Communications with Prospects and Customers - Investment Company Act of 1940, and FINRA Conduct Rule 2110 and 2120


Investment Company Act of 1940

Rule 34-b - Sales Literature Deemed to be Misleading
Under the Investment Company Act of 1940, Rule 34-b defines misleading sales literature. Any advertisement, pamphlet, circular, form letter, or other sales literature addressed to or intended for distribution to prospective investors that is required to be filed with the Commission as sales literature, and which contains misleading information, or which has omitted a fact necessary in order to make the statements made therein not materially misleading falls under this rule. Several provisions require that the literature be in compliance with Rule 482 described above, including:

  • Sales literature that includes performance data must include the information required under Rule 482.

  • Sales literature for a money market fund must include the information required under Rule 482.

  • Sales literature for mutual funds (other than money market funds) must include the total return information required under Rule 482.


NASD (now known as FINRA) Conduct Rule 2110

Standards of Commercial
Honor
Under FINRA General Standards of Business Conduct, a member, in the conduct of his business, must observe high standards of commercial honor and just and equitable principles of trade. Under Rule 2110, the following conduct is prohibited:

  • Front-running - This is the unethical practice of a member trading a security based on information that his or her clients have not yet received.

  • Trading ahead of research reports - A member may not purposefully establish, create or change the firm's inventory position in any security in anticipation of the issuance of a research report regarding that security by the member firm.

  • Trading ahead of customer market orders - A member must make every effort to fully and promptly execute a customer market order. If any member accepts an order without immediately executing it, the member is prohibited from trading that security on the same side of the market for its own account unless it immediately thereafter executes the customer market order up to the size and at the same or a better price than that at which it traded for its own account.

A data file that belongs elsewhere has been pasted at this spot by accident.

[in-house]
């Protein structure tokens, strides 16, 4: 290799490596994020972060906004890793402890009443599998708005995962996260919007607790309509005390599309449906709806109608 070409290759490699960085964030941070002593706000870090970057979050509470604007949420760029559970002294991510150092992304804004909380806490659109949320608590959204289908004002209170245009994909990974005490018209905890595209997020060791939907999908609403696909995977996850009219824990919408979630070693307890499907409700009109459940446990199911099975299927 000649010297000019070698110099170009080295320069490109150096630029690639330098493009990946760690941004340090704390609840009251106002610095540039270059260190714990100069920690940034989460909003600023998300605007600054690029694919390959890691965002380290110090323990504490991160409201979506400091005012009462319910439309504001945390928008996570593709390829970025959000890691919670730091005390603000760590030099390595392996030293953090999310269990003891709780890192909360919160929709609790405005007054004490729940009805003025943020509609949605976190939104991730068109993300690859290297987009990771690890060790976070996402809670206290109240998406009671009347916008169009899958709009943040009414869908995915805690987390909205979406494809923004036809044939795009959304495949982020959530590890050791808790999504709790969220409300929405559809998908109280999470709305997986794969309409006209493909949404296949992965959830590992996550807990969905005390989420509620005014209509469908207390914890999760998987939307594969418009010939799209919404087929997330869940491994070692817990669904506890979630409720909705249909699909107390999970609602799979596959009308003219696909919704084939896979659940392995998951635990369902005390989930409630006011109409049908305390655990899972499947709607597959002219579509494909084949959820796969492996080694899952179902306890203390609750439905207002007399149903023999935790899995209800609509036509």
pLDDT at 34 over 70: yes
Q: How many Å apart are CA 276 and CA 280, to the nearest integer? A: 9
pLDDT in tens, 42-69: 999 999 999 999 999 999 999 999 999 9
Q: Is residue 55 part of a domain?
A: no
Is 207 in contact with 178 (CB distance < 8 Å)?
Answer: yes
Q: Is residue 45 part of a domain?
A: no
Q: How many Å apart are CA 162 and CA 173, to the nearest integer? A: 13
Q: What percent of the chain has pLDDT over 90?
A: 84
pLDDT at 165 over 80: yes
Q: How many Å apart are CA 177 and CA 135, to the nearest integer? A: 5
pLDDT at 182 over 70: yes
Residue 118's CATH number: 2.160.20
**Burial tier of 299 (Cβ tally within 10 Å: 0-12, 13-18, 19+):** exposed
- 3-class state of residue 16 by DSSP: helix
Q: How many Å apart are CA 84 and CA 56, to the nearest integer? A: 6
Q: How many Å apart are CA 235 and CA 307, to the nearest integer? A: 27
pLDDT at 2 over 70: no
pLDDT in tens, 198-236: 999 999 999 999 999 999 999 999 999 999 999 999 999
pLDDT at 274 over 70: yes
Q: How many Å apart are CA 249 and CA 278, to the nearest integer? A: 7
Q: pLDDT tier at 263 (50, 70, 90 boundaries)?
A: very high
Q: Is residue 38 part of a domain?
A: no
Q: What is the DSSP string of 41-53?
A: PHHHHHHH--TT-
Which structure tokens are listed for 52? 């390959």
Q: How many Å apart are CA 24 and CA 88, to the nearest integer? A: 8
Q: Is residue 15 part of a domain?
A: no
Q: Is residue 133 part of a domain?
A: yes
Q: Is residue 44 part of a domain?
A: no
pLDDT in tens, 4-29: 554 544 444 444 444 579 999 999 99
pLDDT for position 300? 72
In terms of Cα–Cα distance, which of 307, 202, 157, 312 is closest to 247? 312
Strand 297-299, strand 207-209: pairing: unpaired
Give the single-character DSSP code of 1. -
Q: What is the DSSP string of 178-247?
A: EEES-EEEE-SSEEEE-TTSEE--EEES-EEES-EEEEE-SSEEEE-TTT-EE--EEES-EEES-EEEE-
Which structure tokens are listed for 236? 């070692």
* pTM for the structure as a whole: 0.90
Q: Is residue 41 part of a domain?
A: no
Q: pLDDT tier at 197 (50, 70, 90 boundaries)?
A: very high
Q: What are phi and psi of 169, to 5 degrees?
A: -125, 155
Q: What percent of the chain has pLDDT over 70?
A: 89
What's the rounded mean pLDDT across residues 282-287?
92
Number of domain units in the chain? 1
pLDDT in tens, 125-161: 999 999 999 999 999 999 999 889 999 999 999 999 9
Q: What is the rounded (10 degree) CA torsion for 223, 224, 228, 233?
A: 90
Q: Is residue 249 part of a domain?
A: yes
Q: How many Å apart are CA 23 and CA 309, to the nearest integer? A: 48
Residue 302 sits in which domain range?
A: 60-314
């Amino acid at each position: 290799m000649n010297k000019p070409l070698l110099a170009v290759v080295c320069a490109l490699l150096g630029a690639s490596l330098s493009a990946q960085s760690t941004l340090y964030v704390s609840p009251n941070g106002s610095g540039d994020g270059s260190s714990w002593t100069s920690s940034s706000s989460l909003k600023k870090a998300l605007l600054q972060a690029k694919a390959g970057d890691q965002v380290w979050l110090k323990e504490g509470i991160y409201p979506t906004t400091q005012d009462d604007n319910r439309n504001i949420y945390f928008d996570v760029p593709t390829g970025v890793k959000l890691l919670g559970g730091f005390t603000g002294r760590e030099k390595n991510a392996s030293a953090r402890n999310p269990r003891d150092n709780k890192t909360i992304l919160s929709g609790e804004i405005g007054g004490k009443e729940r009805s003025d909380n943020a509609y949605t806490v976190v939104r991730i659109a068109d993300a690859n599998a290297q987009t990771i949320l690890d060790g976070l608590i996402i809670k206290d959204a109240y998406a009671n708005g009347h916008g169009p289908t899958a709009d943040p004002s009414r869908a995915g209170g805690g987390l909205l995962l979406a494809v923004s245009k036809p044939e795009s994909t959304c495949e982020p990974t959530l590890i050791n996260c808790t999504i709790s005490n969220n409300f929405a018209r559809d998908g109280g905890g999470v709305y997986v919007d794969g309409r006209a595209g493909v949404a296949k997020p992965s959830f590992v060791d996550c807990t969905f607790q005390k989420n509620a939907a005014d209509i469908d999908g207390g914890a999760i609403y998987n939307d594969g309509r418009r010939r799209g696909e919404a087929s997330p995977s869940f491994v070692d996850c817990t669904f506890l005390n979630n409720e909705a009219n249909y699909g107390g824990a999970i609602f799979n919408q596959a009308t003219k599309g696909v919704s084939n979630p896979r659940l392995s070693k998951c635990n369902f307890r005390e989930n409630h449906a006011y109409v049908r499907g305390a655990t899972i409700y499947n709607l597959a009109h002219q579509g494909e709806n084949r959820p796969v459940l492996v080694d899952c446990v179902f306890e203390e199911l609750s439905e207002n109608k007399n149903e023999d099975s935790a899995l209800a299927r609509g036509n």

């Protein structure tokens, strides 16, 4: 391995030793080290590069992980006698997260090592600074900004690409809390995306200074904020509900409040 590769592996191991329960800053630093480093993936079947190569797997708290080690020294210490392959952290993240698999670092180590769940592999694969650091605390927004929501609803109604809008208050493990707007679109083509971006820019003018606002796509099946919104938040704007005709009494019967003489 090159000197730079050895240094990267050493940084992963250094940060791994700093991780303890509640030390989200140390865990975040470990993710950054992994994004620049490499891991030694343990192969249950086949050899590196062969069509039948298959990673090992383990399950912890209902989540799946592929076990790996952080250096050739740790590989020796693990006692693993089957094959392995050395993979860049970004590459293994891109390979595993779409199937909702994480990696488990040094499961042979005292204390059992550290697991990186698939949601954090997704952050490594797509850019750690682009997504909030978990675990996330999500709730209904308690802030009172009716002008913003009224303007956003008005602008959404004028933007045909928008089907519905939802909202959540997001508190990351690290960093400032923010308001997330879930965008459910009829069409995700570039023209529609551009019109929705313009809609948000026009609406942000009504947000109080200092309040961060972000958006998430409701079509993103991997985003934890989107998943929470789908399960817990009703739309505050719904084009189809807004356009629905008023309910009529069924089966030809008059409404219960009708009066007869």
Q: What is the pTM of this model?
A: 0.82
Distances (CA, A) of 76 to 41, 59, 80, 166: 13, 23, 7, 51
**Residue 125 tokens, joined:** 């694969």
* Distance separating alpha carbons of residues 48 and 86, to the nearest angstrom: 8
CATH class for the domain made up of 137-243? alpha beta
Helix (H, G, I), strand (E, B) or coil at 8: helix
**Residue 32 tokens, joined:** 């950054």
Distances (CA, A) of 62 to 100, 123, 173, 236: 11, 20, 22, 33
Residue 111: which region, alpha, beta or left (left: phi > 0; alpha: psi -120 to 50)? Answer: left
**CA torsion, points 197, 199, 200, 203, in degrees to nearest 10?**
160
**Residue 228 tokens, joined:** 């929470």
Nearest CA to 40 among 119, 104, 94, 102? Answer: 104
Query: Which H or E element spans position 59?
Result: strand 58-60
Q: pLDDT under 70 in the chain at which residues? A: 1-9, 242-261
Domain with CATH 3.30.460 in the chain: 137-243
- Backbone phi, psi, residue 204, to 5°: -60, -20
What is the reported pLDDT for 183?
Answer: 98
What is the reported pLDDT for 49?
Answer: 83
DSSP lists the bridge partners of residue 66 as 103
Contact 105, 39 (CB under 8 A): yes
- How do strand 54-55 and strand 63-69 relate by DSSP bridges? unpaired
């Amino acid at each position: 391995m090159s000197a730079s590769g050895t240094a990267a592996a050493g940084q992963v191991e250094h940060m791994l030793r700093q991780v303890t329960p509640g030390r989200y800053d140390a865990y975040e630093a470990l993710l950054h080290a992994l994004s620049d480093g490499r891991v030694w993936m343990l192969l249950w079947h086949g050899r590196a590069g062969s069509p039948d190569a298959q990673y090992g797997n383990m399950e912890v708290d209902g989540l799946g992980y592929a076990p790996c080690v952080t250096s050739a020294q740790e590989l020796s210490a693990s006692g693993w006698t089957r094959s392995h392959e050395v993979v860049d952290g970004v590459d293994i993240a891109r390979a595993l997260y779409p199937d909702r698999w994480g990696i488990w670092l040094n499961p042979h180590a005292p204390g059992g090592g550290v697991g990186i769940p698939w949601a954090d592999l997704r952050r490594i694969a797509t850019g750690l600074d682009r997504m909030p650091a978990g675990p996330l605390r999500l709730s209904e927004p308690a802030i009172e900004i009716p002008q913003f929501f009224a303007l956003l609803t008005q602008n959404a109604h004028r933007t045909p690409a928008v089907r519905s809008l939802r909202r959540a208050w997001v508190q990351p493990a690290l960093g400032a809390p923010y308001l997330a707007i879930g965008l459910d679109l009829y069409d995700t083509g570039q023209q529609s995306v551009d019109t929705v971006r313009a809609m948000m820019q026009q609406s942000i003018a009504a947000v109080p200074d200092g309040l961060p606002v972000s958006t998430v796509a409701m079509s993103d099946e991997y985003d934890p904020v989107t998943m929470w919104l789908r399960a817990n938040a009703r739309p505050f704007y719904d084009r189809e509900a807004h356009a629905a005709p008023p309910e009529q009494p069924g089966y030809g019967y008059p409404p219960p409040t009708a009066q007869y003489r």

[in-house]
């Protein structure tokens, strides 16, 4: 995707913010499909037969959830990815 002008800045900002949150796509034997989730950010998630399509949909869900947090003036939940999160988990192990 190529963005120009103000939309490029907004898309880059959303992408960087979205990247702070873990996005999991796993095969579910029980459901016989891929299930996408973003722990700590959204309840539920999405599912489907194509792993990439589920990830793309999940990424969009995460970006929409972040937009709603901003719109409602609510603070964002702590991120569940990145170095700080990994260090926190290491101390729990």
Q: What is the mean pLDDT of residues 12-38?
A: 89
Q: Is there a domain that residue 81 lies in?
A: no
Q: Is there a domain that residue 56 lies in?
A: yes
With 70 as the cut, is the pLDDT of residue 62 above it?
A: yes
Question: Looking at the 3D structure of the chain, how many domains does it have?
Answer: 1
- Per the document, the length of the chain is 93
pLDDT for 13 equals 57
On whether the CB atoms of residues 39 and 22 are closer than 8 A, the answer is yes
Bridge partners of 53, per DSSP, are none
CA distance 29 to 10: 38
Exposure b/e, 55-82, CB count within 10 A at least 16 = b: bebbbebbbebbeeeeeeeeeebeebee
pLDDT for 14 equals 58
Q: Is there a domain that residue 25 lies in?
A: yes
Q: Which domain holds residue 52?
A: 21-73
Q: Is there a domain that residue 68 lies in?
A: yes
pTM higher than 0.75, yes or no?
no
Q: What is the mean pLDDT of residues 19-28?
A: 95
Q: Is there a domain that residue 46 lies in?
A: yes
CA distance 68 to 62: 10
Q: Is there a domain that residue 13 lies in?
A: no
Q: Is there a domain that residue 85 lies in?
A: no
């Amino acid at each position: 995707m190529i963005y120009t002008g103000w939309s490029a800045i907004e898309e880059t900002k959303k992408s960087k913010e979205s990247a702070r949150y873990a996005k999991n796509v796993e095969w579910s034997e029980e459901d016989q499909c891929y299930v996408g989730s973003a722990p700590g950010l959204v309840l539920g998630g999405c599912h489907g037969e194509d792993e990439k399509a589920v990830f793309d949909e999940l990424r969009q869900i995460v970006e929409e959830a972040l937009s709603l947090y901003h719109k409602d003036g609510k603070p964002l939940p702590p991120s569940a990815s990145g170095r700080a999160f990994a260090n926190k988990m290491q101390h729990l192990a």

NASD (now known as FINRA) Conduct Rule 2120

Use of Manipulative or Fraudulent Devices
Members are also forbidden from using any manipulative, deceptive or other fraudulent devices in any dealings with the public under FINRA Rule 2120, which is cross referenced with SEC Rule 10b-5. This rule defines such behavior as:

The use of any means or instrumentality of interstate commerce, or of the mails or of any facility of any national securities exchange,

  • To employ any device, scheme, or artifice to defraud

  • To make any untrue statement of a material fact or to omit to state a material fact necessary in order to make the statements made, in the light of the circumstances under which they were made, not misleading

  • To engage in any act, practice or course of business that operates or would operate as a fraud or deceit upon any person in connection with the purchase or sale of any security.

FINRA Conduct Rule 2210
Related Articles
  1. Term

    Understanding Market Price and Its Changes

    An asset’s or service’s market price is the current price at which it can be bought and sold.
  2. Economics

    The Delicate Dance of Inflation and GDP

    Investors must understand inflation and gross domestic product, or GDP, well enough to make decisions without becoming buried in data.
  3. Active Trading

    Market Efficiency Basics

    Market efficiency theory states that a stock’s price will fully reflect all available and relevant information at any given time.
  4. Mutual Funds & ETFs

    5 Low Fee Lord Abbett Mutual Funds

    Learn about five low expense ratio Lord Abbett mutual funds and the key characteristics about each mutual fund's top holdings, returns and total assets.
  5. Economics